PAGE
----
A staunch Religious Right ally will soon be leaving Congress after he suffered a primary defeat on Tuesday.
After 15 years in office, U.S. Rep. Randy Forbes (R-Va.) was defeated 53 percent to 41 percent by a Republican challenger despite outspending his opponent almost 10-1. Forbes is partly the victim of redistricting; he switched to a new district this year after the makeup of his old one changed in favor of Democrats.
We won’t exactly be sorry to see Forbes go. While in office, he regularly did the Religious Right’s bidding.
Rep. Forbes regularly mixed faith and politics.
In 2009, Forbes backed a resolution that outlined “73 milestones of spirituality and faith in the United States.” The measure also recognized what he claimed were “the religious foundations of faith” that “form the inseparable foundation for America’s representative processes, legal systems and societal structures.”
At Ralph Reed’s Faith and Freedom Conference in Washington, D.C., in 2010 Forbes peddled bad history. He claimed America was intended to be an officially “Christian nation” as evidenced by instances when our government eroded the church-state wall, including the U.S. Supreme Court’s 1892 decision in Holy Trinity v. United States. Of course he failed to mention that the Holy Trinity decision is a legal anomaly. It has rarely been cited by other courts, and the “Christian nation” declaration made in the opinion for that case appeared in dicta, which is a legal term meaning writing that reflects a judge’s personal opinion, not a mandate of the law.
In 2011, Forbes sponsored a resolution that reaffirmed “In God We Trust” as the official motto of the United States and encouraged its display in public spaces.
A year later, Forbes and his allies wrote to then-Air Force Chief of Staff General Norton Schwartz in protest of the removal of “God” from the Air Force Rapid Capabilities Office (RCO) logo.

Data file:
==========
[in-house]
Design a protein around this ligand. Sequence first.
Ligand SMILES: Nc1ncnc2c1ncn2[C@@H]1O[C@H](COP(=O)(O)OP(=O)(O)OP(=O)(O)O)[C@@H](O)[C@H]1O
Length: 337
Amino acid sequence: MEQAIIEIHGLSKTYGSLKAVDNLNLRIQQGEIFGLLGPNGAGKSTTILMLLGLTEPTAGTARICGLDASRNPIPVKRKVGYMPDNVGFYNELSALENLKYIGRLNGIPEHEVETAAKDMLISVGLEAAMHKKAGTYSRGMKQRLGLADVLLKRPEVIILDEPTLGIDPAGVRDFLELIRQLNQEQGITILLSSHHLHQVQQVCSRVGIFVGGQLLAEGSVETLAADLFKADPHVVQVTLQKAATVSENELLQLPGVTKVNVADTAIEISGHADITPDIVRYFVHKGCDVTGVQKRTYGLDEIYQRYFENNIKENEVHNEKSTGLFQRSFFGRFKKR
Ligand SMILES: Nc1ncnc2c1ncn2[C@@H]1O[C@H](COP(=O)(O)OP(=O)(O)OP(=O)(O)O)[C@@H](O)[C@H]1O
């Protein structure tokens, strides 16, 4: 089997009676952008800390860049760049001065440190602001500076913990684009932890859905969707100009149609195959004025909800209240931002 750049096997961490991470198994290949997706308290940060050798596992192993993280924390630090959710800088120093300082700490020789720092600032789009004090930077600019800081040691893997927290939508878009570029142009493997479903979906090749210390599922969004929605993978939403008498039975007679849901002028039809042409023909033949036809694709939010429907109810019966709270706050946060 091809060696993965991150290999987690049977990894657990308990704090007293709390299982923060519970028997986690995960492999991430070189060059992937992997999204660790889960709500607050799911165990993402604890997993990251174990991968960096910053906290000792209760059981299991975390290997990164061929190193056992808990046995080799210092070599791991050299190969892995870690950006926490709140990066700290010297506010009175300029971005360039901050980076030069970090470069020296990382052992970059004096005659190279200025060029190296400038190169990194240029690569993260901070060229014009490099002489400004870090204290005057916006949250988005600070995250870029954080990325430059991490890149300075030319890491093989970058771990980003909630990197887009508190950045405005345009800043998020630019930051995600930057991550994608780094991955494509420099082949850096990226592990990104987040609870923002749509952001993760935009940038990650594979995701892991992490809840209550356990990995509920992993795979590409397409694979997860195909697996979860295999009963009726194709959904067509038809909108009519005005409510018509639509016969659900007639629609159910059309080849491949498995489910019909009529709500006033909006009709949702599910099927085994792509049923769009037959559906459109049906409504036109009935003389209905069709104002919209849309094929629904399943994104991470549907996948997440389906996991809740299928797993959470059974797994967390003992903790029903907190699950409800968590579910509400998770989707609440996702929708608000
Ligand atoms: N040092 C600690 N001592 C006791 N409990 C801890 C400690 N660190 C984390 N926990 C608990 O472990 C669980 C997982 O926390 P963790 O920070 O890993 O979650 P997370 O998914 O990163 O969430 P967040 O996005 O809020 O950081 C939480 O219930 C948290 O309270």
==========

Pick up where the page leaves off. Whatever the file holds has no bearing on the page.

In their letter, Forbes and his allies said, “The action taken by the RCO suggests that all references to God, regardless of their context, must be removed from the military. We ask that you reverse this perplexing decision.”
Forbes is also heavily involved with the Congressional Prayer Caucus.
It’s no wonder, then, that Forbes was endorsed by the anti-gay Family Research Council (FRC) right before his defeat.
“In his years of service in the United States House, Rep. Forbes has been an outstanding advocate for conservative values,” said FRC Executive Vice President William G. “Jerry” Boykin in a statement. “He has consistently received a 100% record on our annual Scorecard, and earned our True Blue Award.”
After his loss, Forbes gave no indication of what he plans to do next.
“Tomorrow the sun is going to come up for me and I’ll have a whole lot less burden to carry on my shoulder than I’ve had to carry for the last 16 years, so I’m excited about that,” he said.
Meanwhile, state Del. Scott Taylor (R-Virginia Beach) will face Democrat Shaun Brown, a businesswoman who has not previously held elected office, in the November election. We don’t know what the outcome of that race will be, but the winner would have to work really hard to top Forbes’ record on mixing church and state.